Palantir just got booted out of a government social care contract!
This article was originally posted on openDemocracy.
You could perhaps forgive me for doing a little fist pump last week after hearing that the UK government had binned a software contract with US spy tech giant Palantir, writes Cori Crider.
Perhaps now, after two legal cases initiated by openDemocracy and my tech-justice group Foxglove – and a massive campaign involving more than 50 groups – the Department for Health and Social Care (DHSC) is slowly getting the message that embedding shady tech firms in health and social care is self-defeating.
But the battle is not over. The Palantir fight, like the wider punch-up we and our allies fought over the NHS Data Grab, is a prelude to a larger struggle over the NHS’s future. Public outcry still works; but only sustained effort will protect the NHS from tech-profiteering.
Palantir hails from the dark side of US tech. Originally funded by the CIA’s venture capital arm, In-Q-Tel, Palantir’s main business for years was to offer data-science support to US military operations, mass surveillance, and predictive policing.
This sort of thing is still its core business. In February, Palantir’s chief operating officer told investors that Palantir was driving towards being “inside of every missile, inside of every drone.”
How, you might ask, did a company like this get into health care?
COVID opened the door. It let the government put dull-but-important procurement law (which governs who gets to bid for government deals) on ice. That’s why you keep reading how those with zero track record in health – but a strong one in Conservative Party donations – piled in to profit from the NHS, for everything from testing to data.
Palantir, which had been eyeing up the NHS since at least 2019 and wooing execs over watermelon cocktails, wasted no time. It won three consecutive massive no-bid contracts to manage the largest pool of patient data in NHS history – with the price leaping in six months from £1, to £1m, to £23m.
At Foxglove, we realised that embedding Palantir in the heart of the NHS would damage trust.
Palantir has distanced itself from Silicon Valley’s tech companies, by which it means it doesn’t want to sell your data – only to be paid by the government to manage it until the end of time. This doesn’t matter. How can you ask people to freely share health information into a system run by a firm that works mainly with police and spies?
So we supported openDemocracy to bring two legal actions about the data deals – forcing the secret contracts to be published, and squeezing out a (grudging) commitment not to extend the Palantir deal beyond COVID without talking to communities.
The contract DHSC has just binned isn’t for the whole COVID system – it’s apparently for a social care bolt-on. From contract documents, DHSC appears to have made an urgent decision to pivot from Palantir into a system the department will run itself.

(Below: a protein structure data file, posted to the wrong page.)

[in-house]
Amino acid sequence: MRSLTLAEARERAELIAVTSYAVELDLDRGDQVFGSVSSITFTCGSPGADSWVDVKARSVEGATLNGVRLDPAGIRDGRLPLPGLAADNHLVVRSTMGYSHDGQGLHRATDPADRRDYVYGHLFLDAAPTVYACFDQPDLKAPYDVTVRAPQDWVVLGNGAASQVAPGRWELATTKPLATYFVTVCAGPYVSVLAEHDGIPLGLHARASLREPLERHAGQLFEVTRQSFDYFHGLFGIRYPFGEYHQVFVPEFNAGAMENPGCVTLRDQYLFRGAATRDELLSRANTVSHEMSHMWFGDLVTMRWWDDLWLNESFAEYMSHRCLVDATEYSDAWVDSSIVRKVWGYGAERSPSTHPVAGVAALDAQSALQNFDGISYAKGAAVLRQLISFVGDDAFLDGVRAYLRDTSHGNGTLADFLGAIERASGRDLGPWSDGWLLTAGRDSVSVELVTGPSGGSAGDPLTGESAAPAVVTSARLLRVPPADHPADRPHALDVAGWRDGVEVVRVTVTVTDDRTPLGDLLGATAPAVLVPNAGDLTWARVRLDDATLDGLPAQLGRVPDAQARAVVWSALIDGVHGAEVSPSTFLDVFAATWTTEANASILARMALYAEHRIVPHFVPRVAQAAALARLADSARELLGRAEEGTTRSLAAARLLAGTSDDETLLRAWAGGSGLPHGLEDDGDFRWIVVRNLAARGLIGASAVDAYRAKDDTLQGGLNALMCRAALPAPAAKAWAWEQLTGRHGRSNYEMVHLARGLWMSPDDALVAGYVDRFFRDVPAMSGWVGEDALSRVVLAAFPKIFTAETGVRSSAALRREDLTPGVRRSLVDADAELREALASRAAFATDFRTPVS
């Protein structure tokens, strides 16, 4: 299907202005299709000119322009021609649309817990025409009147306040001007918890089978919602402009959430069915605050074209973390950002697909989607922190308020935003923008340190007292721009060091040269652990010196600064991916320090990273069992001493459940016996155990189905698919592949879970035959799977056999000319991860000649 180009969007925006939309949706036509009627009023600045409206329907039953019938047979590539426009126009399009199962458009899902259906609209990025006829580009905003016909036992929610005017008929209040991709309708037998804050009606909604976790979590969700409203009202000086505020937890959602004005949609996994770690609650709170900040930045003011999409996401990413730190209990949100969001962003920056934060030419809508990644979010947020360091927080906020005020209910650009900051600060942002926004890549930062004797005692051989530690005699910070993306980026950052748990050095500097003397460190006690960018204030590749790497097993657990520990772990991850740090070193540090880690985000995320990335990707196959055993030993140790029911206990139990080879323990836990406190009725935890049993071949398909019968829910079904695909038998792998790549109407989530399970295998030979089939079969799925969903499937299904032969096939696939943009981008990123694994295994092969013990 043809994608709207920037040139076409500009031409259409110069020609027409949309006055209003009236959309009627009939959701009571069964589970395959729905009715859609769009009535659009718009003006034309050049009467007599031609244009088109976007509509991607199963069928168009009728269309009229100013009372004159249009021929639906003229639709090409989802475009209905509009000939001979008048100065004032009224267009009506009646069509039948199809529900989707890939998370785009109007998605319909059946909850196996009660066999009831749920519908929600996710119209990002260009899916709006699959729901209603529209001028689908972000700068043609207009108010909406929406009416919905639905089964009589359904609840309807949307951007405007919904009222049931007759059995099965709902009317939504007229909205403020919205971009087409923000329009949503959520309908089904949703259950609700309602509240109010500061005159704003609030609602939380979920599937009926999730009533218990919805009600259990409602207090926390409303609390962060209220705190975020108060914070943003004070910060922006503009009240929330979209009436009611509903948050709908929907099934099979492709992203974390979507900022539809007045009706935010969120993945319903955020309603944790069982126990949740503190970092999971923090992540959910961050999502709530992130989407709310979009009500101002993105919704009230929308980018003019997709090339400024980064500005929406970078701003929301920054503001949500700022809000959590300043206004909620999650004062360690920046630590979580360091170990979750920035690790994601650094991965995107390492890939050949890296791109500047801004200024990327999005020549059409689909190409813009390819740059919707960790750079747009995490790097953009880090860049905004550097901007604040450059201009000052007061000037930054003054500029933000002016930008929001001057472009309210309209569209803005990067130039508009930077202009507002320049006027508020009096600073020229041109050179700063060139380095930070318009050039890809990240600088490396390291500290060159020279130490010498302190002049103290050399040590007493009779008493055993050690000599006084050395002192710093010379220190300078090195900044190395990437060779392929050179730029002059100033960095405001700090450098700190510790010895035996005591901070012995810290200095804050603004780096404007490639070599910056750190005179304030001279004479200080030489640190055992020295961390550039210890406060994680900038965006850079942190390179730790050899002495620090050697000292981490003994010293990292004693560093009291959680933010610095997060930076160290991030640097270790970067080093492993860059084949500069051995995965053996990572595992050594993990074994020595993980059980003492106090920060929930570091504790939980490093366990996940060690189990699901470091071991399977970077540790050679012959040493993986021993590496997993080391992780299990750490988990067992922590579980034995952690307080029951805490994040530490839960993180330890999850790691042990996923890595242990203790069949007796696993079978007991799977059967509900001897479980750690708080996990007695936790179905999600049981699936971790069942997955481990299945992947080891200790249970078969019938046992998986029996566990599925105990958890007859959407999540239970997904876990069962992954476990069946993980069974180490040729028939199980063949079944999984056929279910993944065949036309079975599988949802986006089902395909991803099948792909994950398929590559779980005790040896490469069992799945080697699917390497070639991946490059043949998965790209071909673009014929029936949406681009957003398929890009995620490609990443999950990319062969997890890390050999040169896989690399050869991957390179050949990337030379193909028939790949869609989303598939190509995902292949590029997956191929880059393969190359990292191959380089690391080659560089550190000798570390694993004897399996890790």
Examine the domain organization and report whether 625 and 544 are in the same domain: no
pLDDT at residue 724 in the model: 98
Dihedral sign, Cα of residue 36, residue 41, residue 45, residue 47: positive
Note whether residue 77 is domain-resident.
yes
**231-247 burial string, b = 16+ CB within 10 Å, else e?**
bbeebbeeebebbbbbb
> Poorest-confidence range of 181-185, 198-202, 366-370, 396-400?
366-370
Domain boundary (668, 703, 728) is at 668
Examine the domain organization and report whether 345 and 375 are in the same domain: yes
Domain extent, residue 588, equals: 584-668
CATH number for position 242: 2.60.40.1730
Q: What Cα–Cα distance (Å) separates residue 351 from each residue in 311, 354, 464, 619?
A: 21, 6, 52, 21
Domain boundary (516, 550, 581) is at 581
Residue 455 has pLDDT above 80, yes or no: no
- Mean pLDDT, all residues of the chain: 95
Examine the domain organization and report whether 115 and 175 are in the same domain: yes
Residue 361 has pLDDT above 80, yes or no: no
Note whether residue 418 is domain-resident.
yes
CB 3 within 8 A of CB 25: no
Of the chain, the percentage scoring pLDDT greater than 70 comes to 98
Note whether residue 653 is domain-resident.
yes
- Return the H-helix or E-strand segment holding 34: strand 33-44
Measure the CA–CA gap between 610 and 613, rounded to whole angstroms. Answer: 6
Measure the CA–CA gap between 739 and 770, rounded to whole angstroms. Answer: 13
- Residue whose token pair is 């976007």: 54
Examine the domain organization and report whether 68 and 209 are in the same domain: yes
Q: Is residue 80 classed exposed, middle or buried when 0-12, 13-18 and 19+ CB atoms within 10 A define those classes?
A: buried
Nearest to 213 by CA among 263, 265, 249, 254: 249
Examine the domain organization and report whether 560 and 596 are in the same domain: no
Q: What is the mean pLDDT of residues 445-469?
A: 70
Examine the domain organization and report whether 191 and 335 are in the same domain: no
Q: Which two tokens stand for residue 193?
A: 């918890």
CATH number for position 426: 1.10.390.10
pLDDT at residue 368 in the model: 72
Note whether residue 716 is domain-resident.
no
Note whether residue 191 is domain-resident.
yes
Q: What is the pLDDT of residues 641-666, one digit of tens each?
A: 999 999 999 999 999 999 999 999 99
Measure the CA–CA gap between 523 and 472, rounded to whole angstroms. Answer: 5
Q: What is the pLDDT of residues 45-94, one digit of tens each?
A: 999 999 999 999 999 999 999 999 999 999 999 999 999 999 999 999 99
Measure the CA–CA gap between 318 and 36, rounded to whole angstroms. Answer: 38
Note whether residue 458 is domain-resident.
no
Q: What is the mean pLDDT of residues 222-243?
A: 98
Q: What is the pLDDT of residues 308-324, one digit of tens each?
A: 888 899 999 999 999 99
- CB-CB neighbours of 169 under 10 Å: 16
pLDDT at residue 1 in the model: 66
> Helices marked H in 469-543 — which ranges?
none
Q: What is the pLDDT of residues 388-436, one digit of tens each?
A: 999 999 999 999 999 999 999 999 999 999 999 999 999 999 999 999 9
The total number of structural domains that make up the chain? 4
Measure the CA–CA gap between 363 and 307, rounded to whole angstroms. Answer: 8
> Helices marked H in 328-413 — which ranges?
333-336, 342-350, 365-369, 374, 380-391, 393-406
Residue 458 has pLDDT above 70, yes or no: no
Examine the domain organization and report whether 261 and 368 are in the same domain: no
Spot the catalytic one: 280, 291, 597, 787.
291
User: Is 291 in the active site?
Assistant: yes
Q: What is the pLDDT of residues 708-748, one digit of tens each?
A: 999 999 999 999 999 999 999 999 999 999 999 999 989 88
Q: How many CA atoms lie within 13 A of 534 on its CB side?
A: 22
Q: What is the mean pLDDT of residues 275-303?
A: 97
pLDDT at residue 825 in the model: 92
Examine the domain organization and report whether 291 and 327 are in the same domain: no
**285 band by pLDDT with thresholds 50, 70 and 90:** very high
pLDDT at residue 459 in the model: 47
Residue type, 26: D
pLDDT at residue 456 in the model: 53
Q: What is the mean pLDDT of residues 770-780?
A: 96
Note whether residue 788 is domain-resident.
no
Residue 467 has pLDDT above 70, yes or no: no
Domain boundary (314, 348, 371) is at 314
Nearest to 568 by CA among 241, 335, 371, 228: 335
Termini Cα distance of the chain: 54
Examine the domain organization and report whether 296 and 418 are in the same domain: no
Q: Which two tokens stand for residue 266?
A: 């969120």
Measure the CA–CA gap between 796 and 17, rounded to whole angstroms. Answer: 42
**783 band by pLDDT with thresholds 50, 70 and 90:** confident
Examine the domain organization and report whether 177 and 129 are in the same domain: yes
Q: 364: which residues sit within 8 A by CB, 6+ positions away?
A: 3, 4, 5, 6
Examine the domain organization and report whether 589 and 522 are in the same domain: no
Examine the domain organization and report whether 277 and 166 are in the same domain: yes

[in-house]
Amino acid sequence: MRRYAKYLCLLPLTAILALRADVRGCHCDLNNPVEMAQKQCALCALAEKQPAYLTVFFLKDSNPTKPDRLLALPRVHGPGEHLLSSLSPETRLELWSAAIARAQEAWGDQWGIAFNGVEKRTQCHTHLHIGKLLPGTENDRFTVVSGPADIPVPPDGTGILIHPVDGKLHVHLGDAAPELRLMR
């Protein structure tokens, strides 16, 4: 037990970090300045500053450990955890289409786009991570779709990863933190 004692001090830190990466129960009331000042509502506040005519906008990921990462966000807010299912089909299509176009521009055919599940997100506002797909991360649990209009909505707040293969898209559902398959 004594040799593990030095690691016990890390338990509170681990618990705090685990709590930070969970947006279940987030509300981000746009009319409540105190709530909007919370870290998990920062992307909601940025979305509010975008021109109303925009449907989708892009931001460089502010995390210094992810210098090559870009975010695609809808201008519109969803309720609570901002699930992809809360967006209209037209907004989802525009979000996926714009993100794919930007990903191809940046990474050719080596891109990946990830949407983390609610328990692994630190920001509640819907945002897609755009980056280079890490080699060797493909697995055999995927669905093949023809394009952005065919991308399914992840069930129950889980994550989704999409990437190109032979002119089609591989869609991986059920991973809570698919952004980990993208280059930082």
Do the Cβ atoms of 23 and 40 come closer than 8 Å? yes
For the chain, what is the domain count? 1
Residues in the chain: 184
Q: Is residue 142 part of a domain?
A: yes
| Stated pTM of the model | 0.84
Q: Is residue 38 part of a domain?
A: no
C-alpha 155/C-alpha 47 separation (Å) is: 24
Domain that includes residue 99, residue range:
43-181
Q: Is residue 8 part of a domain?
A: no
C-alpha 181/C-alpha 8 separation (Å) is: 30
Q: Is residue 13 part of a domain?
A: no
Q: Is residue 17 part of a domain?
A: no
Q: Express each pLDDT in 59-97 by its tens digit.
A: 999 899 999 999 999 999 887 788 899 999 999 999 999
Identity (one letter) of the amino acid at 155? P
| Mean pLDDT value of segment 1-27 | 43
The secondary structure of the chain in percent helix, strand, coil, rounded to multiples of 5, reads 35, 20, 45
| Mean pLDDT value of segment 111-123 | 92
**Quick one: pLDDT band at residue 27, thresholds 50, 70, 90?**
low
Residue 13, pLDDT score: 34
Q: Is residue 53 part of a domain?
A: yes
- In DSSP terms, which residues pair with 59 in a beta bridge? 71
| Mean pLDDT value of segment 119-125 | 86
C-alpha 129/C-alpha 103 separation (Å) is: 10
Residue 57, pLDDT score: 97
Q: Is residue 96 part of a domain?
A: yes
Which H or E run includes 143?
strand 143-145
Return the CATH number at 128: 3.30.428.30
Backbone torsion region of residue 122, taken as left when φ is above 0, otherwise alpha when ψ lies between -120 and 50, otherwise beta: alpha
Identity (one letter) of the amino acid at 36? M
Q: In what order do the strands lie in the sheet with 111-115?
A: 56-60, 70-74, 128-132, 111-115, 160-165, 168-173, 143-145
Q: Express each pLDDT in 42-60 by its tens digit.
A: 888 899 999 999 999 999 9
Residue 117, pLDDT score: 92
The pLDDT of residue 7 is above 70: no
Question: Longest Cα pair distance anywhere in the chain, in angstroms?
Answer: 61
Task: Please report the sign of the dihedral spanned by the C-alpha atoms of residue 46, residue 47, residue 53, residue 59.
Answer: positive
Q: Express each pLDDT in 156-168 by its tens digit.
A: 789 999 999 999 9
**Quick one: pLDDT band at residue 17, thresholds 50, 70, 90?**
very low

If the future of UK health and social care depends on better data, a sustainable system needs to build up our own data science expertise, and not put us in hock to expensive consultants and tech firms.
The government will also have to earn back trust. The trust deficit is why so few of my neighbours in Brixton, south London, are vaccinated.
A lack of trust also caused an uproar over this spring’s scheme to pool England’s 55 million patient records into a permanent data lake, and to give companies access. Ministers hoped, perhaps, that COVID gave them a political mandate for a data free-for-all, in which companies could be readily let in to play in NHS records.
They were wrong. Well over a million people opted out of that scheme, which – again after a Foxglove-led coalition threatened legal action – has since been kicked into the long grass.
Make no mistake: Palantir is still looking to bid for health contracts in the UK. Anyone concerned about trust in the NHS should join our demand that the firm be kept well away from health care. Hit the button below to sign our petition.
But the debates to come will be harder. Our government plainly hopes to hop on a tech mogul’s rocket towards an ever-closer union between Big Tech and the NHS, ripping up critical data protection and procurement laws to get there.
Ministers have said they want to open up England’s health data for tech firms to go prospecting for gold in. Whether their standard for ‘public benefit’ matches yours – well, that’s a question of trust.
It doesn’t have to be this way. Across the NHS, in universities and hospitals, people are forming alternative ideas to an NHS run by and for big tech companies.
Broadly, they involve more transparent, locally controlled, public-spirited uses of health data. This will, of course, take a fight. But the public holds more cards than you might think.
It’s politically very hard to seize people’s health records without their say-so. And when millions opt out of data-sharing, the dataset changes – it’s less useful, and less commercially valuable.
If people don’t trust the government with the NHS or their health data, three-word slogans like ‘data saves lives’ won’t fill that gap. The millions who have opted out will never opt back in.
A better way is in sight if we demand it. Don’t sleep on it – you know Palantir won’t.